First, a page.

In the next month or so, I and two friends will be attempting to cycle around Iceland. Usually, there would be the standard helping of trepidation by friends and colleagues at the idea of cycling over a thousand miles, around a desolate and sparsely inhabited island. This year is more ambitious than I had originally intended due to the continued eruption of Eyjafjallajökull.
Indeed, the repeated action of the volcano and the broad level of information I am receiving from various sources (some more trusted than others) means that I am none the wiser as to whether we will be able to fly to Iceland and then circumnavigate it without being either blocked by the volcanic activity or halted by falling clouds of ash. Conundrums and tribulations aside, this is all adding up to be quite the adventure. Usually, if I were only concerned about my own travel, this would not be an issue as one can more easily roll with the punches when you are solo. However, with the much appreciated company on this trip, along with the variety of start points for the journey, I need to make sure that I am not going to waste anyone’s precious vacation time.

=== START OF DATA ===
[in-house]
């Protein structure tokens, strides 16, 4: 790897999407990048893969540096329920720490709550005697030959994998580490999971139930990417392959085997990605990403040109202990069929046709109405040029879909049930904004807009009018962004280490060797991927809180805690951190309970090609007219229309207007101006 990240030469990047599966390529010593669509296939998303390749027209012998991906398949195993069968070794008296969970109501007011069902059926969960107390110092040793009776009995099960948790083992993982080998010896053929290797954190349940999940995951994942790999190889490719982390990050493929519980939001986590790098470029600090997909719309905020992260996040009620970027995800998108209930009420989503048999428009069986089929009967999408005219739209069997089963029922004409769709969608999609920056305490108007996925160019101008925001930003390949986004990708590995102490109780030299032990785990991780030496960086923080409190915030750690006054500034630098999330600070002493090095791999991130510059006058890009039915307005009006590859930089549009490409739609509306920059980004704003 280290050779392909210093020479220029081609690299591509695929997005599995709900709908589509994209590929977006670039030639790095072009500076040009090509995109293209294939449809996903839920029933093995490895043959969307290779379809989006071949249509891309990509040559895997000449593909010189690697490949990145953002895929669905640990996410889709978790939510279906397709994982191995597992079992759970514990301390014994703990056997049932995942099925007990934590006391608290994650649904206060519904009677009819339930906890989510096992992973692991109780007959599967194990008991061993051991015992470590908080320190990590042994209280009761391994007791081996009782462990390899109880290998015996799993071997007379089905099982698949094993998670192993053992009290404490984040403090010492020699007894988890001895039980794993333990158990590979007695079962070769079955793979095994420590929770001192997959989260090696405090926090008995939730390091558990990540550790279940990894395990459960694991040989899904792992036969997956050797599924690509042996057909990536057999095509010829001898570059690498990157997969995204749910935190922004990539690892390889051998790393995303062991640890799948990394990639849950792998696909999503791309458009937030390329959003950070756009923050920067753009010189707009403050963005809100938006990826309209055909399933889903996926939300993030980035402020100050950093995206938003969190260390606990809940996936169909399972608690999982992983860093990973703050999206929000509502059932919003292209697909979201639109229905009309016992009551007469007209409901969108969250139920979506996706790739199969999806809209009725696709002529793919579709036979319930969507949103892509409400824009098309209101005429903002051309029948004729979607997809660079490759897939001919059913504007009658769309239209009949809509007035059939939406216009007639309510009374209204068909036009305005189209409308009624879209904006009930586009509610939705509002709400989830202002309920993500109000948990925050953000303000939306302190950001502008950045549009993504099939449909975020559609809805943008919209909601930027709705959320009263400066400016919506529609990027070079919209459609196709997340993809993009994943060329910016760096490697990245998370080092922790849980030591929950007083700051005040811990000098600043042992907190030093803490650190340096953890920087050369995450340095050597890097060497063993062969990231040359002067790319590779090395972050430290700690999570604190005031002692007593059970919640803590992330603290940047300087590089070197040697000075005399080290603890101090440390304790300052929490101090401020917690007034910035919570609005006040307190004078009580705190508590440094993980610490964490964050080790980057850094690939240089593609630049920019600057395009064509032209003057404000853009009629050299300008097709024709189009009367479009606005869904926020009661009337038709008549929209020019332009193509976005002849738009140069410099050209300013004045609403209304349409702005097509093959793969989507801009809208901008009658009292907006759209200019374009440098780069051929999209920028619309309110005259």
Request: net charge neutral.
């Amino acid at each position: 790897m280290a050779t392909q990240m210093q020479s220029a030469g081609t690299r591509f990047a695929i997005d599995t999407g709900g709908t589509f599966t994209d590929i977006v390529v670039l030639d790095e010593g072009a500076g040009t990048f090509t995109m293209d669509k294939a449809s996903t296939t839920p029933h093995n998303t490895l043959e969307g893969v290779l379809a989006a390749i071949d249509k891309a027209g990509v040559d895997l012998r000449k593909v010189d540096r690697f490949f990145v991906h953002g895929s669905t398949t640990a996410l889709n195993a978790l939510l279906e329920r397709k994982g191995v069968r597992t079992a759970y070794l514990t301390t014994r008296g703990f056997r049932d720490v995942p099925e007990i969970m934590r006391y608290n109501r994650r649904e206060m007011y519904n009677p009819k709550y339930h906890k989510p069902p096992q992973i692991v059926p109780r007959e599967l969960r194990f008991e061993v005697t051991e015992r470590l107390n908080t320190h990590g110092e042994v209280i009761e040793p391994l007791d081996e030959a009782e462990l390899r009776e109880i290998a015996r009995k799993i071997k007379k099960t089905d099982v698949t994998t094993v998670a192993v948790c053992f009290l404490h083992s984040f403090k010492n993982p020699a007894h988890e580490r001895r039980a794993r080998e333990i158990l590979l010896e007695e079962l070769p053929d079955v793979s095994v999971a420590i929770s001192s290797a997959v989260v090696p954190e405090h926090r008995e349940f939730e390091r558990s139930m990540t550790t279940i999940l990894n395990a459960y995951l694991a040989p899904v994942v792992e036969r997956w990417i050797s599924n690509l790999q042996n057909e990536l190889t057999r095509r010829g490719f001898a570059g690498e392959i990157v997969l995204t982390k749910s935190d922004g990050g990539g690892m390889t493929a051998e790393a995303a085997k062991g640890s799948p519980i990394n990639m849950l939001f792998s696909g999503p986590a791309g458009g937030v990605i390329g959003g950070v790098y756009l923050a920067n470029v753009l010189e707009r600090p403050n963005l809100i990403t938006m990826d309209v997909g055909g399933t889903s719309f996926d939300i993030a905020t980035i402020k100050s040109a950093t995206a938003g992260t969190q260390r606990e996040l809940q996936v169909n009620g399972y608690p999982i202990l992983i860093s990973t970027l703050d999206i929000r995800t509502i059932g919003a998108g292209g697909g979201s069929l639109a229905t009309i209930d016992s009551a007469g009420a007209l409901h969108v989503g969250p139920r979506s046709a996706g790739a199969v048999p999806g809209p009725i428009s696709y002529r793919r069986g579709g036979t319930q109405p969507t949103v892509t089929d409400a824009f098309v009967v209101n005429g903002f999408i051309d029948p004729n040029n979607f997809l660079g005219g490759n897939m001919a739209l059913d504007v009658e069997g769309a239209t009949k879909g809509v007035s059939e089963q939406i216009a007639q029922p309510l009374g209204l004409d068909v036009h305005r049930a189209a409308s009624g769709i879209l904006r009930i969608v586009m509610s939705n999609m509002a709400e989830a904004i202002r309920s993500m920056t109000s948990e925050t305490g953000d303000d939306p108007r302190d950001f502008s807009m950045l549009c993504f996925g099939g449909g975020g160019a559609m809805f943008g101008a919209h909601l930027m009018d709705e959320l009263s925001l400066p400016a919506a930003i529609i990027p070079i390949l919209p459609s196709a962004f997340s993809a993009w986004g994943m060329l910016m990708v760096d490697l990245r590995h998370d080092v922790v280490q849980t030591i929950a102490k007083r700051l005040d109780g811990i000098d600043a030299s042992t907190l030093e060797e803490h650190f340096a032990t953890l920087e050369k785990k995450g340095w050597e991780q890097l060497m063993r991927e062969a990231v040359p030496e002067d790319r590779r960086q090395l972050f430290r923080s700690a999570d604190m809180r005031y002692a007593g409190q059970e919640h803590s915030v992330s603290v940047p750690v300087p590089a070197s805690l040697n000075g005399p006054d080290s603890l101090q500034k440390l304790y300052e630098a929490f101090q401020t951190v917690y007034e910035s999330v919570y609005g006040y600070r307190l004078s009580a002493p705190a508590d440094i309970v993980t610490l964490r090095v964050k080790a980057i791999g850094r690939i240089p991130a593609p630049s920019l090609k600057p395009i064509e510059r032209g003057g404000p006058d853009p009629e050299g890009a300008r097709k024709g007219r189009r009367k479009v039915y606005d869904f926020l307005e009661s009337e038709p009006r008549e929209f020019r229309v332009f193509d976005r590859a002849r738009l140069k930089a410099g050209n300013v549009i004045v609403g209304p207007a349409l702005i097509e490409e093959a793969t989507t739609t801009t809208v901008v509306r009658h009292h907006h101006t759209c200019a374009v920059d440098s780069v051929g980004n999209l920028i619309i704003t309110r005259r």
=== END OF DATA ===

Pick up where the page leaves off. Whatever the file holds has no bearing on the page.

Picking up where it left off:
I must admit to being more than a little seduced by the adventure ahead. Each year, I like to have something new, something that sets each challenge apart from the previous ones. Last year, it was covering thousands of miles alone. This year, Eyjafjallajökull is throwing all sorts of variables in my path.
I have read various reports from other cyclist and newscasters reporting back on the eruptions as they happen. The official word was that they would be over within the next couple of weeks and that the prevailing winds would prevent any falling ash from inconveniencing us as we make our way clockwise around the island.
In addition to the complexities of Eyjafjallajökull erupting, its three previous eruptions on record have each been associated with a subsequent eruption of Katla. So far, there have been no signs of turbulence beneath Katla’s surface. However, having last erupted almost a century ago in 1918, vulcanologists say that a new blast is overdue.
“So far there have been no signs of the re-awakening of the Katla volcano but a lot of things can still happen, so we are monitoring it quite closely,” Dr Einarsson said.
Here is an image that caught my eye. My cycling companion Dave summed it up best when he said something along the lines that we needed to make sure we had all a decent breathing mask in our bags.
So, after all the procrastination, this is what it is all about: The angry gods of the underworld spewing out its ash and magma. In a strange turn of events, after thinking that Iceland would be bereft of tourists, I have been reading about how the volcanic eruption has heightened tourist figures as people come from far and wide to see the angry mountain humbling our Western way of travel and life in general.
Please note: None of these images are mine. They have been sourced from fellow photographers on the net. If you would like me to credit your image or remove it, please email me or comment below